Chart of the Day: Oil is oil

Today’s chart plots the widely quoted West Texas Intermediate Crude (WTI) price against the ICE Brent Crude price since the early 2009 low following the GFC (non-Australian readers call this the Great Recession)

The chart shows the recent divergence, whereby the former corrected alongside other “undollar” assets, whilst ICE Brent remained resilient has now closed, with WTI rallying hard to catch up:

ICE Brent is forming a six month long bullish “flag” pattern, which indicates another possible leg up in the not as sweet and light energy source. Readers at MacroBusiness recently debated the efficacy of following WTI as Brent may provide a better barometer of energy price inflation, but the chart does show a meaningful correlation between the two markets.

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Comments

  1. Prince, there was also a story about Saudi backing off production.

    I’d agree that we should see higher oil prices for a number of reasons, what is your view on oil if we get a global recession? Normally that would push prices down, but with Saudi/OPEC intervention, and reduced demand (maybe)…

    • a63,

      The Saudis (who are also world swing producers) need oil around $85 a barrel to pay for social programs (bribes to domestic population) and a coterie of 5,000 princes.

      They’ve said and shown they would do that with production cuts. If demand/price was to fall significantly, they would and have backed off production till they got to that price point, or above.

      Where oil is selling above this price they are happy to produce at current levels, but can’t really scale up more than that to prevent the world economy from taking a tailspin, because they don’t really have much more to produce for both geological and technical reasons.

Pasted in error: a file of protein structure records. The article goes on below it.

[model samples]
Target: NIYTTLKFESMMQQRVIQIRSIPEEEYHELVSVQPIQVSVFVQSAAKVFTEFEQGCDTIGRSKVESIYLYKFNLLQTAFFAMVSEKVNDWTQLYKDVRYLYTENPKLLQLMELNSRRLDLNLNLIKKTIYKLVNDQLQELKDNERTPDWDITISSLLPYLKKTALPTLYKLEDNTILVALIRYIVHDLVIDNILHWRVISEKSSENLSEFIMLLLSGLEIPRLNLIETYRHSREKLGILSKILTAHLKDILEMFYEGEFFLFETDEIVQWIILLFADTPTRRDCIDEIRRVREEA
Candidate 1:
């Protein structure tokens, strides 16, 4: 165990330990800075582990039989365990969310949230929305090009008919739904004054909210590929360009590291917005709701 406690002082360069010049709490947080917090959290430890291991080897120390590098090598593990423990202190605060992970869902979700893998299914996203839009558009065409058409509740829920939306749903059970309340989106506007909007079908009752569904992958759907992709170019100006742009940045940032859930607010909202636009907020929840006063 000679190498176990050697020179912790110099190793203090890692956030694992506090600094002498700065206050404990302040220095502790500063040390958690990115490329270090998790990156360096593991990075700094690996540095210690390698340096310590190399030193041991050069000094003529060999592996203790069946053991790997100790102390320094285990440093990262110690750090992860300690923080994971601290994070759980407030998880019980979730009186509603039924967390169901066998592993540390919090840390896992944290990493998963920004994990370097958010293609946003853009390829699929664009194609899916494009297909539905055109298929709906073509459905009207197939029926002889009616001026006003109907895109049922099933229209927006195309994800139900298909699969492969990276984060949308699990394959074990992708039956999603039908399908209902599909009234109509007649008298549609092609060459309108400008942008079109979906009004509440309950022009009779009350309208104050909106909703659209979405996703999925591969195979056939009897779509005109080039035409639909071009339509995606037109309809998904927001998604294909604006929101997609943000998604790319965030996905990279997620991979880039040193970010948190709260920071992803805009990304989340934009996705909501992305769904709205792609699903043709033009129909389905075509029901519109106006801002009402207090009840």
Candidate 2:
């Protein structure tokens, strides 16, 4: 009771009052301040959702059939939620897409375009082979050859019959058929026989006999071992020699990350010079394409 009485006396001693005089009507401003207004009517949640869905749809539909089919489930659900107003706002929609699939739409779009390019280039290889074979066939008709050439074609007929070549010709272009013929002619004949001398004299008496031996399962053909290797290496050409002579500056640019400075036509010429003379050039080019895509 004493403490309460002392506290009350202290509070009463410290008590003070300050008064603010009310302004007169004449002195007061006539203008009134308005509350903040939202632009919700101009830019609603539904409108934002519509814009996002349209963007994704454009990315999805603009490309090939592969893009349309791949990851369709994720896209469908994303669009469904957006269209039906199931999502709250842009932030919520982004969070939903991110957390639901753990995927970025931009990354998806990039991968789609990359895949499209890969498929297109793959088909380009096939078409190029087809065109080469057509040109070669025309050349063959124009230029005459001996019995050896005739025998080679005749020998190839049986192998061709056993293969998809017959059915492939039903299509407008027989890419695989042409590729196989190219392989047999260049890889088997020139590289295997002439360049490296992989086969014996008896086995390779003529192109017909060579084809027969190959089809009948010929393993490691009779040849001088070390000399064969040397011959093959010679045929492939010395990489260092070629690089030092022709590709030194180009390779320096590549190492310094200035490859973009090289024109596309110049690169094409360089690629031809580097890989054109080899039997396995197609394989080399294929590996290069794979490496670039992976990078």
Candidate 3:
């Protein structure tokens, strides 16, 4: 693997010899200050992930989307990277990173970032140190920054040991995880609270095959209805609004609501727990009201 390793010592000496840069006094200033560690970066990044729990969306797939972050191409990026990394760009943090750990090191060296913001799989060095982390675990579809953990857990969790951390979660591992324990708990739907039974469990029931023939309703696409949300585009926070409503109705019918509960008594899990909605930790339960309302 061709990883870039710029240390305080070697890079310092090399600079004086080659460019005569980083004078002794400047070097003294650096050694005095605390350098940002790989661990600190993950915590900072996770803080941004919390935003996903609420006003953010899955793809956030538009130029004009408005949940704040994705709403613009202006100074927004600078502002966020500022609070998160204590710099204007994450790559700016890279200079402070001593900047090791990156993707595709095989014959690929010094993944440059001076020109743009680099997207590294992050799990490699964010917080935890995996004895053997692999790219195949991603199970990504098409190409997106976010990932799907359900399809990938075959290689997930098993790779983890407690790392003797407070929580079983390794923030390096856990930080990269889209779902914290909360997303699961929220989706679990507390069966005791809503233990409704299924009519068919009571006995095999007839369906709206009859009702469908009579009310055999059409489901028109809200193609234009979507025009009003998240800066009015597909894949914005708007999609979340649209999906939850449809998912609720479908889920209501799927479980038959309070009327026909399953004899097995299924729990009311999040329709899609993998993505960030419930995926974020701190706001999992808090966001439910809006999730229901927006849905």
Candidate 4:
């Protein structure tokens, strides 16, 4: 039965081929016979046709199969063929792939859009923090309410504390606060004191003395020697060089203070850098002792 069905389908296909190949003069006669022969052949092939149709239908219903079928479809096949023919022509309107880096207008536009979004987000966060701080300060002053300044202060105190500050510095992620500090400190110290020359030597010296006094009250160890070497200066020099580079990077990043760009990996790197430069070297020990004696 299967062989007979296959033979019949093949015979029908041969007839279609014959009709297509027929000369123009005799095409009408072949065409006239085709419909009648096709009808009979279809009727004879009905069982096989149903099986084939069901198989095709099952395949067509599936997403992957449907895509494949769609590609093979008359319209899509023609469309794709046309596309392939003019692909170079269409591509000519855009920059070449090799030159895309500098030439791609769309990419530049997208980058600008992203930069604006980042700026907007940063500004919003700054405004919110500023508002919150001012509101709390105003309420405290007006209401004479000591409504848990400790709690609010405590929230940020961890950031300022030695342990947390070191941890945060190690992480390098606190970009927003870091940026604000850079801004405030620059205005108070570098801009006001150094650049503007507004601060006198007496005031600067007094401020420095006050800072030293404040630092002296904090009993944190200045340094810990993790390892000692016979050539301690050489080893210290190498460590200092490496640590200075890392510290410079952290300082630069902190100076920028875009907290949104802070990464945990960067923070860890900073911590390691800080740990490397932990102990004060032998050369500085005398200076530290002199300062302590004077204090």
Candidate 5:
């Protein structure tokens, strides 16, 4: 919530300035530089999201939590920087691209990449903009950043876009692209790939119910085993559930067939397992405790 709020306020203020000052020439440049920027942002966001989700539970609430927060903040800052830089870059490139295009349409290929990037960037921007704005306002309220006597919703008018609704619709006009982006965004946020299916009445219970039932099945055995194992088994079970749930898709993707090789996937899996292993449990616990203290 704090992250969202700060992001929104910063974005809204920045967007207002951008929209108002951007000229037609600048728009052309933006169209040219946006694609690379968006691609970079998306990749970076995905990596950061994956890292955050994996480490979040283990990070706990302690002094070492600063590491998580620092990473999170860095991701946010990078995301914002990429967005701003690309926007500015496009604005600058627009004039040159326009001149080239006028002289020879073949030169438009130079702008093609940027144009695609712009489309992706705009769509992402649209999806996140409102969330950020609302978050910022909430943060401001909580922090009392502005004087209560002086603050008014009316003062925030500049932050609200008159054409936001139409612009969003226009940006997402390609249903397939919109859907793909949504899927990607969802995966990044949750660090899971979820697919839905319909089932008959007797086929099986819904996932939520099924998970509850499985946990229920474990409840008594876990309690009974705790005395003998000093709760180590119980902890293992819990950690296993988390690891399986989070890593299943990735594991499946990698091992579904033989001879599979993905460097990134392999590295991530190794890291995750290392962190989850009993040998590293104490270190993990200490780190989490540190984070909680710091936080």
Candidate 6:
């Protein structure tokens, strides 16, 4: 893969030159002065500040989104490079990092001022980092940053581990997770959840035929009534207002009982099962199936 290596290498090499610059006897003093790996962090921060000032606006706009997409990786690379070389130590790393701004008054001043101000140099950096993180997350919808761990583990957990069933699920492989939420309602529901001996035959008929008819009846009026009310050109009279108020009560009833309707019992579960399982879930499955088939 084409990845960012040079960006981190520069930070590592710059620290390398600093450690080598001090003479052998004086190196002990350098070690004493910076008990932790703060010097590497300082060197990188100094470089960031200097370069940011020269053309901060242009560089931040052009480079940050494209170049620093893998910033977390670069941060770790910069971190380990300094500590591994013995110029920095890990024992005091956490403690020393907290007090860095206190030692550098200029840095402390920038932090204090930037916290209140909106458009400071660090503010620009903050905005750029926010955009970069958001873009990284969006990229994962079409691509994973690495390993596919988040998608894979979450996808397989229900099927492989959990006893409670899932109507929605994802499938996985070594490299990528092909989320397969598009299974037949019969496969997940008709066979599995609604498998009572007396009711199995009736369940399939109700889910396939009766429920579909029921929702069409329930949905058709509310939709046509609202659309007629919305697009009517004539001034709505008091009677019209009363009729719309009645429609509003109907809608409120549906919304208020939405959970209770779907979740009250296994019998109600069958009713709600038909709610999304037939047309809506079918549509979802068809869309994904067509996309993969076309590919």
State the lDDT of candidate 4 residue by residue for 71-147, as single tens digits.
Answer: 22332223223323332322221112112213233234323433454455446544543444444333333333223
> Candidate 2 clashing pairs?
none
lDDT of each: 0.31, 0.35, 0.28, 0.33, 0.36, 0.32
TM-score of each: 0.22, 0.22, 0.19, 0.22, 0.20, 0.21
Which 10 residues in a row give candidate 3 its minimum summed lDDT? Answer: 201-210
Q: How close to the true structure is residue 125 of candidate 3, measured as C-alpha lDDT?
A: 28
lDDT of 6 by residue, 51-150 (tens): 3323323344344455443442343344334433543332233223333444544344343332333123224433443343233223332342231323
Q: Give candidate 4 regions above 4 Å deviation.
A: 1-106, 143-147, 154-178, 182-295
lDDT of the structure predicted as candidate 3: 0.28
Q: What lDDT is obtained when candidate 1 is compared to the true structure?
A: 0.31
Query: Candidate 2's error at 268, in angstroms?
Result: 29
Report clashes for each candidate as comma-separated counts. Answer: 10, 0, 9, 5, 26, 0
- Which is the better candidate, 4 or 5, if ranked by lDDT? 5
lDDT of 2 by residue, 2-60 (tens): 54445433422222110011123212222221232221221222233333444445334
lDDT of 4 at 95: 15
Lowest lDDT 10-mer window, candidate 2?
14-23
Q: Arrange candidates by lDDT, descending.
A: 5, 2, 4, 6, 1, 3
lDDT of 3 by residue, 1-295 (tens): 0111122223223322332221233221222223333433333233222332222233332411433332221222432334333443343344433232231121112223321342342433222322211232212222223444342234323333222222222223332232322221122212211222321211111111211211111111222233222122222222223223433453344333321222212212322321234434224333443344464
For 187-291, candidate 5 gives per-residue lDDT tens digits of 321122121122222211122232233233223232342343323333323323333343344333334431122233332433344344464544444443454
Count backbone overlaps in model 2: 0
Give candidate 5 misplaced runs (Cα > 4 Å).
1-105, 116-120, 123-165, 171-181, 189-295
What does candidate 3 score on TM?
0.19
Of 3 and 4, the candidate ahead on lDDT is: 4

• Thanks Mercury4. I’m researching oil at the moment for possible investment, and I’m concerned not so much about the Saudi’s but if we have a global recession (quite possible) oil will fall I’m expecting. I’ve never looked at oil before so all my assumptions might be wrong.

        • Oil, as well as other commodities and commodities tied currencies, like the AUD, will take a big hit in advent of another global downturn. Just like in 2008. In that case look for the Saudis to cut production deeply then, as they scramble to raise the price again.

          As the Saudis produce the most conventional oil for export they will attempt to keep a floor in the price above $85. For that reason we will never, except briefly, see cheap oil prices again. Even in the wake of a recession/depression.

          • Thanks again. I invest in other commodities, but as we’re past peal oil I’ve started looking at it now as one of the areas I’ll invest in as some point.

          • The long term floor will be around $85, but like all markets oil will likely go below that level before returning. At $85/bbl, unconventional production becomes marginally economic while below that level will result in the lack of development of unconventional resources.

            Oil will also have a ceiling around $130/bbl, again it’ll move through that level, but the sweet spot is $85-130/bbl. This range is high enough to produce good revenues for the OPEC nations and low enough not to cause demand destruction. If you’re going looking for massive profits above $130, then be nimble – as once the price starts to turn, it’s going to fall hard.

  2. The impact of Libya returning has had a big impact on Brent, reducing the expectations of a continuing strong price. Meanwhile, WTI has strengthened due to the reversal of Enbridge’s Seaway pipeline which will allow WTI to get out of its landlocked status and into the Gulf of Mexico.

    Historically, Dated Brent has traded at a discount to WTI (it is imported into the US and price is impacted due to a freight discount). However, this year, with the Libyan crisis knocking out a large chunk of light sweet seaborne crude, Brent jumped while the landlocked WTI stayed still.

    The advent of shale liquids in the US will further change the dynamics in coming year, and may well prevent, or at least limit, an oil spike.

    • There is no mention of depletion in existing fields which is running about 4% p.a. at all in this article. Stating that a country’s production may rise by 1 or 2 mbs p/d without mentioning this is just plain naive.